Better Than Falafel? Israel's Sabich Sandwich Has My Vote

Posted on November 19th, 2017
DANIEL GRITZER for seriouseats.com


I'm convinced that one of the world's greatest sandwiches comes from the Middle East. And I am most certainly not talking about falafel. My obsession is the sabich, a pita sandwich stuffed with fried eggplant, hard-boiled egg, hummus, tahini sauce, and Israeli salad and pickles. To me, it's not even a contest.

I've never really understood the fascination with falafel. In theory, I should love it—chickpeas are my favorite beans, and deep-fried...well, I love deep-fried so much that I'm now using it as a noun. But falafel has yet to win me over, with even the moistest versions way drier and more crumbly than I want. Pack it inside starchy pita, and...I just don't get it.*

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Updating Old World Foods for the Modern Cook and Eater

Posted on November 12th, 2017

Sarah Rich for Jewish Book Council



Sarah Rich is the co-editor of Leave Me Alone with the Recipes: The Life, Art, and Cookbook of Cipe Pineles. Cipe (pronounced “C. P.”) was one of the most influential graphic designers of the twentieth century, and the first female art director at Condé Nast.


When I first flipped through Cipe Pineles’s hand-painted recipe book from 1945, it felt deeply familiar. This was my family’s food—not the food we ate for dinner on an average evening during my childhood, but the food we kept in our cultural pantry.


It was a wonder to see these dishes rendered with so much vibrancy and character in Cipe’s art. In my mind, many Eastern European Jewish foods were fairly plain and monotone. You could paint matzo balls, gefilte fish, potato latkes, noodle kugel, kasha and brisket all within a spectrum from beige to brown. Yet here was a rainbow of beets, carrots, peppers, and tomatoes; not to mention the cool blue enamel and warm clay of the cookware. It was a visual celebration of a cuisine that typically feels nostalgic, comforting, old.

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Everything Bundt the Cake

Posted on November 5th, 2017
Jamie Geller for The Joy of Kosher
15 BUNDT PAN RECIPES THAT AREN'T NECESSARILY CAKE


The bundt pan is the secret workhorse of your kitchen. Besides cakes, you can make kugels and breads as well as totally crazy dishes like roast chicken or lasagna.

Here are a few of our favorite bundt recipes that aren't necessarily cake (and a few that are).

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KREPLACH (DUMPLINGS)

Posted on October 29th, 2017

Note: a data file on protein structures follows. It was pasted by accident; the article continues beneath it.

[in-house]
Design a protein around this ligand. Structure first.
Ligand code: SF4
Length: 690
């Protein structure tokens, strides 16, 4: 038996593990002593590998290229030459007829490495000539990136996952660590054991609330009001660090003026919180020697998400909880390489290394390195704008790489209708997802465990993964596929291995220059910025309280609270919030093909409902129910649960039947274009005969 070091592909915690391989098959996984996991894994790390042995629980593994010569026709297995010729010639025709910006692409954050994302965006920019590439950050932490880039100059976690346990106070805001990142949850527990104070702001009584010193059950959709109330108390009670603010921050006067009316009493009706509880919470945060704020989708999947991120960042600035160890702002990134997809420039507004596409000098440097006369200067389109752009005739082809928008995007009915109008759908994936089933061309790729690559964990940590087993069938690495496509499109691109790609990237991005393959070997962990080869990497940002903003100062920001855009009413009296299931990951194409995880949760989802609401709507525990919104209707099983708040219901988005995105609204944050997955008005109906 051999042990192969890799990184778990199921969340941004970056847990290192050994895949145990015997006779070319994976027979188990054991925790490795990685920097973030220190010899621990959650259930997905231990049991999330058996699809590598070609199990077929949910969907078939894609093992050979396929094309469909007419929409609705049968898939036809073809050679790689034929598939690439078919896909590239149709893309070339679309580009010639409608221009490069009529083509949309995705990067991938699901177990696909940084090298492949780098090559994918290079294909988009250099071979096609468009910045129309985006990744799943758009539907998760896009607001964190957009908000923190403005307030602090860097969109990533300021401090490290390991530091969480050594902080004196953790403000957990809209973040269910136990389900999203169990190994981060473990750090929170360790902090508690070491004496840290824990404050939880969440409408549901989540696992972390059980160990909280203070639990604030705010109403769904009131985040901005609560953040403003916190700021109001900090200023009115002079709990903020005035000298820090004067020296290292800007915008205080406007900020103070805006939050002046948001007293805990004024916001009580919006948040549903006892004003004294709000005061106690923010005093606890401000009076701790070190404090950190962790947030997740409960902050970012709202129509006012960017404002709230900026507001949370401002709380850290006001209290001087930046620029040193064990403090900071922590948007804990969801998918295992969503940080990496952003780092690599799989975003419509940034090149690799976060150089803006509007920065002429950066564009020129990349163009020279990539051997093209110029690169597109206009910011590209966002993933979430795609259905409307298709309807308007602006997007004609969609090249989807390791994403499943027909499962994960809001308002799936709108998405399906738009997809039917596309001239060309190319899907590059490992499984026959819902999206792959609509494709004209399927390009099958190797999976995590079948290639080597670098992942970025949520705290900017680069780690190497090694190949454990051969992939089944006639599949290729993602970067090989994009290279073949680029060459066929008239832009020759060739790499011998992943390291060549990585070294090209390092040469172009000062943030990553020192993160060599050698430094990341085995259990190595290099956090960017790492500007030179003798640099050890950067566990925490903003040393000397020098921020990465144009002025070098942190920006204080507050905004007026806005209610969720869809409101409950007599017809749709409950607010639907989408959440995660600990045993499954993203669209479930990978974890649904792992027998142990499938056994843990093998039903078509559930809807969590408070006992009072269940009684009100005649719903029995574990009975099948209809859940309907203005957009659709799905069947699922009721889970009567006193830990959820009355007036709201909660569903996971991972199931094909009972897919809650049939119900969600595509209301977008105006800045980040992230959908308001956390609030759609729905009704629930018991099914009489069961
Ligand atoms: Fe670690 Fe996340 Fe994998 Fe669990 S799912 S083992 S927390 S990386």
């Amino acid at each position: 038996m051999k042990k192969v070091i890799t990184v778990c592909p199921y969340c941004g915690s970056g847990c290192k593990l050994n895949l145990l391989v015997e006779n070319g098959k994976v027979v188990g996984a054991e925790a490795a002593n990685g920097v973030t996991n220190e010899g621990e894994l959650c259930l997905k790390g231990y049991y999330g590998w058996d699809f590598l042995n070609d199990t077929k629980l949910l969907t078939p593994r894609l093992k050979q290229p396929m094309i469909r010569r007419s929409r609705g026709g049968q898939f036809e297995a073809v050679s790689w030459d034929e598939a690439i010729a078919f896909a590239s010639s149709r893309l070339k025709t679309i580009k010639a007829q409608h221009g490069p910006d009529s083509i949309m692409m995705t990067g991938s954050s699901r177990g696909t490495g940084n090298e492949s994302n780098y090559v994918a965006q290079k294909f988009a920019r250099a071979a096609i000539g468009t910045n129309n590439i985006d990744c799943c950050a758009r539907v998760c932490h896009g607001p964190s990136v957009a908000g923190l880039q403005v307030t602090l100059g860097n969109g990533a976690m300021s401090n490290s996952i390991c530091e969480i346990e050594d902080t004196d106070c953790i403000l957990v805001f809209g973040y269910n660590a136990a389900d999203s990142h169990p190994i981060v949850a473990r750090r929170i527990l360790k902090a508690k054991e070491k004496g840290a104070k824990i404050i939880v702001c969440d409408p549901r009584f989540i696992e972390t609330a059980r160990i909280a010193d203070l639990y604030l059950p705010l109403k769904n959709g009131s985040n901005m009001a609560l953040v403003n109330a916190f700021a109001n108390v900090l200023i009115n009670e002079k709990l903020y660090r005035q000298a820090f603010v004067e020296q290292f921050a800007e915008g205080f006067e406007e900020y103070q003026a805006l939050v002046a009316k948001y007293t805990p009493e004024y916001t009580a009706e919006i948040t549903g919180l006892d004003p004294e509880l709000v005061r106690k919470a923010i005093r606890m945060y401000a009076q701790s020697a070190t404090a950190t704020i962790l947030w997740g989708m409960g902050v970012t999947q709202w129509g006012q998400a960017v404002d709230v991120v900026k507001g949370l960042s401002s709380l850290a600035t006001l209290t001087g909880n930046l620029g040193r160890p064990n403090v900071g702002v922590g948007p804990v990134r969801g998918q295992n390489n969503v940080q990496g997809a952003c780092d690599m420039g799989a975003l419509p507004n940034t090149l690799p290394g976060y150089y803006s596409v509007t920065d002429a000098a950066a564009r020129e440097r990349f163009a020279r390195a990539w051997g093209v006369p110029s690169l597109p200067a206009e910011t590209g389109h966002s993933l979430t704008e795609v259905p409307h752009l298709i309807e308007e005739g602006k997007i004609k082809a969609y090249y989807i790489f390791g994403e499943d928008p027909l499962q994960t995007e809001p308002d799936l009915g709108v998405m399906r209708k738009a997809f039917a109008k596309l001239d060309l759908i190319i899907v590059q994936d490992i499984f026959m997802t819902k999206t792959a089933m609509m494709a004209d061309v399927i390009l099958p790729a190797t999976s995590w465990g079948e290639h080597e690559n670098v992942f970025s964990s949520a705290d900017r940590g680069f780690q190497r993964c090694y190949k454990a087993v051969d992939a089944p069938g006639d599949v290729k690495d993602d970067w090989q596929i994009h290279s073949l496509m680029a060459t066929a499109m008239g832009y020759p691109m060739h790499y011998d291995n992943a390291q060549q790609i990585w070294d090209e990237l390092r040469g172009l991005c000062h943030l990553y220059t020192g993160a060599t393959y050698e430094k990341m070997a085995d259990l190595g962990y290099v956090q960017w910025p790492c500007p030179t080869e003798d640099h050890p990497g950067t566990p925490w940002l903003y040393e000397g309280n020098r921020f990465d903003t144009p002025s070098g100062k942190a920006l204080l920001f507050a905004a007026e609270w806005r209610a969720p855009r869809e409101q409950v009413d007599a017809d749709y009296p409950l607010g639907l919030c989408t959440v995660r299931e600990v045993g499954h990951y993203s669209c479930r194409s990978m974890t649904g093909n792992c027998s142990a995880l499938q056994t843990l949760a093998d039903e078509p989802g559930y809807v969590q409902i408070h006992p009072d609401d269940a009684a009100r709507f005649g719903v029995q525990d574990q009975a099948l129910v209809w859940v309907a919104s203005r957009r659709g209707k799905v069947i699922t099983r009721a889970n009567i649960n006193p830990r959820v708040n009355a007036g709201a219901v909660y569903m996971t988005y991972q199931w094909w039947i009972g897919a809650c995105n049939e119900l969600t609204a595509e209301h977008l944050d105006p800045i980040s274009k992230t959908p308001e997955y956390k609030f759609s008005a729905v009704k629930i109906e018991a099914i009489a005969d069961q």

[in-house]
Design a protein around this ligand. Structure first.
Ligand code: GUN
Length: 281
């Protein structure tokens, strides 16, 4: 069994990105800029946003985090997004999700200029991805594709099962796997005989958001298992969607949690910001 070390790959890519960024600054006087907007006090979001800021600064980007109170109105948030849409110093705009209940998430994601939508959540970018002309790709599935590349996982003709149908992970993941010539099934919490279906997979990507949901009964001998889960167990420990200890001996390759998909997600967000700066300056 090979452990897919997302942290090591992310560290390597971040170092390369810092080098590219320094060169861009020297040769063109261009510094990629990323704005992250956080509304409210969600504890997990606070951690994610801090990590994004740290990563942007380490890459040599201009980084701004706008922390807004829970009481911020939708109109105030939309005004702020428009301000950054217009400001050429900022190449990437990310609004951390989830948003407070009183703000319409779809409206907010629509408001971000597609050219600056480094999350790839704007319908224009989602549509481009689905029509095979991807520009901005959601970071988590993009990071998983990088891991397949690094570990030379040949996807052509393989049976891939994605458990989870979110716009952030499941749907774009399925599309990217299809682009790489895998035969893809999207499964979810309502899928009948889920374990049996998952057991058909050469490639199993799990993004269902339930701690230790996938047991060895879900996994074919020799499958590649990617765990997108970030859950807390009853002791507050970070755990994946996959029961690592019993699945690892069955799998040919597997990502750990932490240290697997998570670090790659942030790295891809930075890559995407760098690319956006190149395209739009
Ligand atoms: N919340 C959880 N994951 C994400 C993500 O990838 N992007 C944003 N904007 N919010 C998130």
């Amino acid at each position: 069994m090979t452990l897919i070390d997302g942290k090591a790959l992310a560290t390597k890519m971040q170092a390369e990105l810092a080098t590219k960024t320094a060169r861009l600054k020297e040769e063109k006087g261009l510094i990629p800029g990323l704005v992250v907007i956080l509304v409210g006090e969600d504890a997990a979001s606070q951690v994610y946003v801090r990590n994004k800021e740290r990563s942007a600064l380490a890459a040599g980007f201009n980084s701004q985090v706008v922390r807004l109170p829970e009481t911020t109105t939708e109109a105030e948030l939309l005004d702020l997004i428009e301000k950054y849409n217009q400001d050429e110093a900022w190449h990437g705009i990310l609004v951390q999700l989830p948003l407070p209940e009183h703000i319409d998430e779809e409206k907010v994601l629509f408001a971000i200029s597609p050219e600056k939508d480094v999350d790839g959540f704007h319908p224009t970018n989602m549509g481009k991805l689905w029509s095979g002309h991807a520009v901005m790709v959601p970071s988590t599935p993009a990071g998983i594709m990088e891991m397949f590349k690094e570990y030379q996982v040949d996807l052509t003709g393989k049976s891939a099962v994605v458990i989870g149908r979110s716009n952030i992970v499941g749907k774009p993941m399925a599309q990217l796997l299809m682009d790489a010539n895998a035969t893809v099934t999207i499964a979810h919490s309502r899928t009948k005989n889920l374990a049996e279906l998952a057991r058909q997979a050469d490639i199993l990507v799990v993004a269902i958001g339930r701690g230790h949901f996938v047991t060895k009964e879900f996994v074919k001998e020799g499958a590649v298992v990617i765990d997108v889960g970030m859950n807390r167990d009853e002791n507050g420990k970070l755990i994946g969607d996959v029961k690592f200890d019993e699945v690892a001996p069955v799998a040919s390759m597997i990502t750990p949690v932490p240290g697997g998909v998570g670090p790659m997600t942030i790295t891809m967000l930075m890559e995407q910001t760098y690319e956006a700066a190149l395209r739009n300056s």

BY MICHAEL RUHLMAN on ruhlman.com


My neighbor, Lois Baron, gave me a version of this recipe, which calls for roasting and braising a beef brisket. When I told her I intended to give it a shot using leftover pot roast she said, excellent idea! Kreplach, a great way to make use of leftovers. Kreplack are often called Jewish ravioli, a staple of Jewish cuisine. Consistent with that cuisine, the main item is cooked, then it’s cooked again, and then its cooked again. (Why is this?!) At least in Lois’s recipe. A brisket is roasted, then it’s braised, then it’s ground with seasonings and egg, wrapped in dough, boiled, cooled then cooked to serve. That’s three times that it gets fully cooked before being eaten. These are traditionally used in soup, and they’re great that way, but Lois fried some for me and they were out of this world. There’s something about the texture that’s really really satisfying when they’re fried crispy. And given the opportunity to fry, I say fry! I served these ones last night on shredded sautéed cabbage to which I’d added chicken stock, whole grain mustard and a few drops of red wine vinegar.

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Never Make These Classic Mistakes with Chicken Soup

Posted on October 22nd, 2017
By Shannon Sarna for The Nosher for myjewishlearning.com

We, the Jewish people, have some strong feelings about chicken soup.



We, the Jewish people, have some strong feelings about chicken soup. And with good reason — it’s delicious, comforting and been scientifically proven to help when you have a cold. It’s not called Jewish penicillin for nothing!


But, like cooking brisket, there are some essential rules you must follow when making chicken soup.


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